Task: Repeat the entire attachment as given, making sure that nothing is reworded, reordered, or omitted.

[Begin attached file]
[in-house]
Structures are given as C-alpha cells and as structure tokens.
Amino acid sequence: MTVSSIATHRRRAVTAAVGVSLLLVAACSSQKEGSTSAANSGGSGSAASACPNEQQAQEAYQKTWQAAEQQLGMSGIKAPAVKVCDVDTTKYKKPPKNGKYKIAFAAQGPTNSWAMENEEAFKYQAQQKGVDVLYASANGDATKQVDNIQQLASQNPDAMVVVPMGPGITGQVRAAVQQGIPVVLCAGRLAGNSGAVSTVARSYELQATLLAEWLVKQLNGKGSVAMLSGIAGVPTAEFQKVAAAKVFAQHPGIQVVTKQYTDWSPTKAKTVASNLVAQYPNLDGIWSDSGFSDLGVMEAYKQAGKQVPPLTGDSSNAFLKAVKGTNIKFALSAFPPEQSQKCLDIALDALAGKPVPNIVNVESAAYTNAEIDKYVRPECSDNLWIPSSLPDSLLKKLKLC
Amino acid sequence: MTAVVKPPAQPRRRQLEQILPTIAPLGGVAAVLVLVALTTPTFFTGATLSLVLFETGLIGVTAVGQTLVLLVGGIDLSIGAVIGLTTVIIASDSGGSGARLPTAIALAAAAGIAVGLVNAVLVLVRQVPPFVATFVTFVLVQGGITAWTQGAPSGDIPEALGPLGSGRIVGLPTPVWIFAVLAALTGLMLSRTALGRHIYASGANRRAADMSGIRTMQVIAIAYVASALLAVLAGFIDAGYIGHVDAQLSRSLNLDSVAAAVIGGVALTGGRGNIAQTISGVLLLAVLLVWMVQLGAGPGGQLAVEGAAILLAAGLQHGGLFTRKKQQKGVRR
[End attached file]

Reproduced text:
[in-house]
Structures are given as C-alpha cells and as structure tokens.
Amino acid sequence: MTVSSIATHRRRAVTAAVGVSLLLVAACSSQKEGSTSAANSGGSGSAASACPNEQQAQEAYQKTWQAAEQQLGMSGIKAPAVKVCDVDTTKYKKPPKNGKYKIAFAAQGPTNSWAMENEEAFKYQAQQKGVDVLYASANGDATKQVDNIQQLASQNPDAMVVVPMGPGITGQVRAAVQQGIPVVLCAGRLAGNSGAVSTVARSYELQATLLAEWLVKQLNGKGSVAMLSGIAGVPTAEFQKVAAAKVFAQHPGIQVVTKQYTDWSPTKAKTVASNLVAQYPNLDGIWSDSGFSDLGVMEAYKQAGKQVPPLTGDSSNAFLKAVKGTNIKFALSAFPPEQSQKCLDIALDALAGKPVPNIVNVESAAYTNAEIDKYVRPECSDNLWIPSSLPDSLLKKLKLC
Amino acid sequence: MTAVVKPPAQPRRRQLEQILPTIAPLGGVAAVLVLVALTTPTFFTGATLSLVLFETGLIGVTAVGQTLVLLVGGIDLSIGAVIGLTTVIIASDSGGSGARLPTAIALAAAAGIAVGLVNAVLVLVRQVPPFVATFVTFVLVQGGITAWTQGAPSGDIPEALGPLGSGRIVGLPTPVWIFAVLAALTGLMLSRTALGRHIYASGANRRAADMSGIRTMQVIAIAYVASALLAVLAGFIDAGYIGHVDAQLSRSLNLDSVAAAVIGGVALTGGRGNIAQTISGVLLLAVLLVWMVQLGAGPGGQLAVEGAAILLAAGLQHGGLFTRKKQQKGVRR